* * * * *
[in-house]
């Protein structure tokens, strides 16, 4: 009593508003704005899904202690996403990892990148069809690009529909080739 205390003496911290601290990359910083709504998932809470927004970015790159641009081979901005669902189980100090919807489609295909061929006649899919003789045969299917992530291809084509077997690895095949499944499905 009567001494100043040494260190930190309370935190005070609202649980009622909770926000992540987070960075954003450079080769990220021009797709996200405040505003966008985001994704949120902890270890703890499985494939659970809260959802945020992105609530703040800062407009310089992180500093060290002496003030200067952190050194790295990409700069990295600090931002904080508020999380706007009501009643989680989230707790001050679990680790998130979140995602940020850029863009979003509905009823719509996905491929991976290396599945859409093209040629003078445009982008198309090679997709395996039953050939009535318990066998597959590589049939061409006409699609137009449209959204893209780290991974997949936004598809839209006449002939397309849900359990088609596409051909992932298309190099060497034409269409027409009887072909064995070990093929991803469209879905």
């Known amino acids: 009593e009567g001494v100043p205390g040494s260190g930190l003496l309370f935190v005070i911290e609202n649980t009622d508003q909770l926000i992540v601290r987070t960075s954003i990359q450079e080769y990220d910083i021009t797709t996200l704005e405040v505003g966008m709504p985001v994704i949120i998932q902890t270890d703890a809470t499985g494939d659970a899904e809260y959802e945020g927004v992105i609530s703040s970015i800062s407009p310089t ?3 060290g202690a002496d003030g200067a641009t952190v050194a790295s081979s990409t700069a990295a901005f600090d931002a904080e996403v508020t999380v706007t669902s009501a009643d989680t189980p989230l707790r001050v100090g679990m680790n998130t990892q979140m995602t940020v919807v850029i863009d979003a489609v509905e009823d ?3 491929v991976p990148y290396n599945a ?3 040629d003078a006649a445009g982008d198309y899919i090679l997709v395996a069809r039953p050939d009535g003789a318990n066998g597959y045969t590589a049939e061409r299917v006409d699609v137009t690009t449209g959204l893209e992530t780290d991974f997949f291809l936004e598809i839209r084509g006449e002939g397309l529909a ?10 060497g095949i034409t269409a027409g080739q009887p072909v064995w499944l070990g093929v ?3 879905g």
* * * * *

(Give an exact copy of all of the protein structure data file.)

[in-house]
């Protein structure tokens, strides 16, 4: 009593508003704005899904202690996403990892990148069809690009529909080739 205390003496911290601290990359910083709504998932809470927004970015790159641009081979901005669902189980100090919807489609295909061929006649899919003789045969299917992530291809084509077997690895095949499944499905 009567001494100043040494260190930190309370935190005070609202649980009622909770926000992540987070960075954003450079080769990220021009797709996200405040505003966008985001994704949120902890270890703890499985494939659970809260959802945020992105609530703040800062407009310089992180500093060290002496003030200067952190050194790295990409700069990295600090931002904080508020999380706007009501009643989680989230707790001050679990680790998130979140995602940020850029863009979003509905009823719509996905491929991976290396599945859409093209040629003078445009982008198309090679997709395996039953050939009535318990066998597959590589049939061409006409699609137009449209959204893209780290991974997949936004598809839209006449002939397309849900359990088609596409051909992932298309190099060497034409269409027409009887072909064995070990093929991803469209879905």
């Known amino acids: 009593e009567g001494v100043p205390g040494s260190g930190l003496l309370f935190v005070i911290e609202n649980t009622d508003q909770l926000i992540v601290r987070t960075s954003i990359q450079e080769y990220d910083i021009t797709t996200l704005e405040v505003g966008m709504p985001v994704i949120i998932q902890t270890d703890a809470t499985g494939d659970a899904e809260y959802e945020g927004v992105i609530s703040s970015i800062s407009p310089t ?3 060290g202690a002496d003030g200067a641009t952190v050194a790295s081979s990409t700069a990295a901005f600090d931002a904080e996403v508020t999380v706007t669902s009501a009643d989680t189980p989230l707790r001050v100090g679990m680790n998130t990892q979140m995602t940020v919807v850029i863009d979003a489609v509905e009823d ?3 491929v991976p990148y290396n599945a ?3 040629d003078a006649a445009g982008d198309y899919i090679l997709v395996a069809r039953p050939d009535g003789a318990n066998g597959y045969t590589a049939e061409r299917v006409d699609v137009t690009t449209g959204l893209e992530t780290d991974f997949f291809l936004e598809i839209r084509g006449e002939g397309l529909a ?10 060497g095949i034409t269409a027409g080739q009887p072909v064995w499944l070990g093929v ?3 879905g």